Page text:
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does anybody know we can translate from real image captured using cameras be converted to the cartoon space ?

Please note that my goal is not to create animations or the likes, but just to translate to "cartoon colors" if possible.

will simple requantization to a space where there is less quantization levels work Or some other specific transforms are better ?

any help will be useful, as I wasn't able to find any material on this.

Thnx in advance.

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5 Answers 5

up vote 4 down vote accepted

What you're trying to do is most commonly done from 3D models and is called cel-shading, or "toon-shading". Basically, you try to force uniform colors and force abrupt transitions at certain angles with respect to the light source.

Obviously, this does not translate well to 2D input images. What you can do, is to requantize but making sure you uniformly fill regions and break where the image gradient is high.

Non-linear diffusion is a denoising technique that forces regions to become uniform to remove noise. If you let it loop for too many iterations, you get a cartoon-looking image.

I've implemented that maybe 2-3 years ago and it worked suprisingly well considering it was not so hard to implement. However, you're going to want a GPGPU implementation because it is slow!

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is there anyway of achieving the same on a smart phone ? I know requantization will be decently fast, say O(n*m) if image is n-by-m. at worst n and m are of the order of 2000. –  Egon Oct 17 '10 at 19:53
    
Requantizing will not give you results of the same quality. If you're willing to trade quality for speed, that's your dicision! Honestly, you should implement more that one method, analyze the tradeoffs and then implement it on a smart phone. Take a look at MATLAB, Scilab or Octave to prototype if necessary. –  André Caron Oct 17 '10 at 20:32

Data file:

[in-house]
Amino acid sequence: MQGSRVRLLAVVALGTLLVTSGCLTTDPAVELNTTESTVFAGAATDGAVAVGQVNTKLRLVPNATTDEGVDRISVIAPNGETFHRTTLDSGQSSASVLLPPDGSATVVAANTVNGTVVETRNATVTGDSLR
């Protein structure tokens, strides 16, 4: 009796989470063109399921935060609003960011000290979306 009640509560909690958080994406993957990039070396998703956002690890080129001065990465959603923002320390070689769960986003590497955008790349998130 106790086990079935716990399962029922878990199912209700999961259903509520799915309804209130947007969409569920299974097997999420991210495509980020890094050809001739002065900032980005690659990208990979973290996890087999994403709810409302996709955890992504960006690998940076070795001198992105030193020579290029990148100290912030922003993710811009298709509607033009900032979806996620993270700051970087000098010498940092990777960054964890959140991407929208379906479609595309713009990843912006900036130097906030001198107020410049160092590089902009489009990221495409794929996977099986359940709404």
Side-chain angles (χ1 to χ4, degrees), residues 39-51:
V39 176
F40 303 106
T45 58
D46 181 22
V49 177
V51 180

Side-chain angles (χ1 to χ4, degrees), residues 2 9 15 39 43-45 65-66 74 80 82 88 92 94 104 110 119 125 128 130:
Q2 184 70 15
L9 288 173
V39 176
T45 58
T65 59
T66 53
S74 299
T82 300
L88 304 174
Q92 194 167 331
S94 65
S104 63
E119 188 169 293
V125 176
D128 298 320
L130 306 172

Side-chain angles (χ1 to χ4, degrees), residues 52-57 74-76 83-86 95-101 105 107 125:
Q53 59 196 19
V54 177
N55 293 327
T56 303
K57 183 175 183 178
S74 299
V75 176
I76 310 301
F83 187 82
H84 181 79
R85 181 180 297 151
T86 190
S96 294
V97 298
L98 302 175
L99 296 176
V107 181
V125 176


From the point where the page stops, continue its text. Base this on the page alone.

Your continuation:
é Non-linear diffusion demands a lot of processing power, though. –  karlphillip Oct 21 '10 at 12:30
    
Yes it does, note the last sentence in my answer :-) –  André Caron Oct 21 '10 at 15:27

Pyramid mean shift + outline of detected edges seems does the job.

The code:

cv::Mat segmented, gray, edges;
cv::pyrMeanShiftFiltering(input, segmented, 15, 40);
cv::cvtColor(segmented, gray);
cv::Canny(gray, edges, 150, 150);
cv::cvtColor(edges, edgesBgr, CV_GRAY2BGR);
cv::Mat result = bgr - edgesBgr;

Here is a result i got: Church after cartoon filter

Details: OpenCV Tutorial Part 6

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You could also take a look at mean shift segmentation. An implementation is available here: EDISON

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Complete shot in the dark:

  1. Convert to HSV color space (cvtColor using CV_BGR2HSV)
  2. Leave H(ue) alone, or quantize it down to some smaller set if you want
  3. Binary threshold S(aturation) with a low threshold so that pastels push to white
  4. Binary threshold V(alue) with a low threshold so that dark stuff turns to black

Absolutely untested. Probably speaking out of my hat... But should be pretty low CPU use if it would work. This strikes me as the sort of thing to fire up with sliders for the values needed in steps 2-4 and just fiddle with it.

EDIT: A friend pointed out that you might also want lines around objects. My first thought for that would be to use cvCanny to pick out edges (requires a grayscale image... I'm not sure if it would be better to do this before or after the HSV cartooning. Probably before). Those will be a single pixel wide, which may not be enough, so you may want to dilate them a bit to widen them up. They'll be white on a black background, so you can then subtract them from your cartoon colored image, which will pull the pixels where the lines are down to 0 (saturation arithmetic to the rescue) but leave the other pixels alone.

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Your term "cartoon space" made me think that perhaps you should start from that idea:

  1. Create a cartoony colourspace that you like with perhaps 20-30 nice bright colours that cover most of the regular RGB space but have a bright/shiny theme (or whatever cartoony colour-theme you like).
  2. Requantize your image, not to a subset of the available colours in the image but to the colours in your cartoony colourspace (i.e. match each colour to the nearest colour in your cartoon colourspace).
  3. Bonus points: Eliminate small coloured regions to get a more uniform single colour look.
  4. More bonus points: add black outlines to each single-coloured region for extra cartoonishness. Perhaps vary line-thickness with the gradient in the original image.
  5. Optional tweak: Convert all your colours to the HSV colourspace, perform step 2 only on the Hue channel for extra shadow immunity.
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